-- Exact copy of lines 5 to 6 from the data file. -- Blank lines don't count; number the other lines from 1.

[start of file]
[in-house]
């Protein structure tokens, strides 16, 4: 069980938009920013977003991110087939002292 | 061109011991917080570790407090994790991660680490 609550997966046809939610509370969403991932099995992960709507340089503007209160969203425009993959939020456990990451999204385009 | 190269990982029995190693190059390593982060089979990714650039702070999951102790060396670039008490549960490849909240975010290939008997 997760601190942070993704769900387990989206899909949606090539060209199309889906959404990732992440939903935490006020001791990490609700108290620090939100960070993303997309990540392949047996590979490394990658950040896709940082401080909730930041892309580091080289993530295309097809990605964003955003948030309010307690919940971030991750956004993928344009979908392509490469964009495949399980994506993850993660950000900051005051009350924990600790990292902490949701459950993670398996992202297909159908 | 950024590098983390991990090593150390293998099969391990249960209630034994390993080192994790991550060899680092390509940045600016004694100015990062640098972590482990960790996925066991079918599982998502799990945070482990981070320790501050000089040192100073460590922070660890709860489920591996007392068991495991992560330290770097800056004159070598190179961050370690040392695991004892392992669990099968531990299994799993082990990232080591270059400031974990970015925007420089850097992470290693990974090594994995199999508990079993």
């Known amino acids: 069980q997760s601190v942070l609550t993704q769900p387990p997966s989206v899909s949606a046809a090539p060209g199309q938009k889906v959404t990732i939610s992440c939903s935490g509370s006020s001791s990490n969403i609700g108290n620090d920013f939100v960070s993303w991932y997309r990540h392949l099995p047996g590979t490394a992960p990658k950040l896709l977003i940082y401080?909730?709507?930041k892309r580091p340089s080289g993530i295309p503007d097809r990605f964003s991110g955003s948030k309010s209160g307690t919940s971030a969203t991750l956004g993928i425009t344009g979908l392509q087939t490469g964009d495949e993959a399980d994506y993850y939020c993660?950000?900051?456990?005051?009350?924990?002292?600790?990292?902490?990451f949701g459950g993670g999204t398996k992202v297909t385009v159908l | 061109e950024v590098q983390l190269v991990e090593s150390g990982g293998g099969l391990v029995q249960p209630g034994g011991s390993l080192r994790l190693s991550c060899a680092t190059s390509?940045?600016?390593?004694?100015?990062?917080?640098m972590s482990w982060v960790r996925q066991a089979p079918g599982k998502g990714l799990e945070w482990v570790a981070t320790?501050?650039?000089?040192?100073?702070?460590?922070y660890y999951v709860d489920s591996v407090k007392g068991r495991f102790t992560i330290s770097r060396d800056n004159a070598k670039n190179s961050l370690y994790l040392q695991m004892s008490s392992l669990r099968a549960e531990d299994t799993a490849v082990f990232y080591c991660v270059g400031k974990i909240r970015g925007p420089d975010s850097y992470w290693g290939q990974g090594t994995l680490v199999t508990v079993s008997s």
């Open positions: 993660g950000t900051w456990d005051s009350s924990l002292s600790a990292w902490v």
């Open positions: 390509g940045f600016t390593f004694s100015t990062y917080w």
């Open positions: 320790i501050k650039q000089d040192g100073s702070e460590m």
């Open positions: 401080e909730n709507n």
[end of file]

């Open positions: 390509g940045f600016t390593f004694s100015t990062y917080w």
């Open positions: 320790i501050k650039q000089d040192g100073s702070e460590m």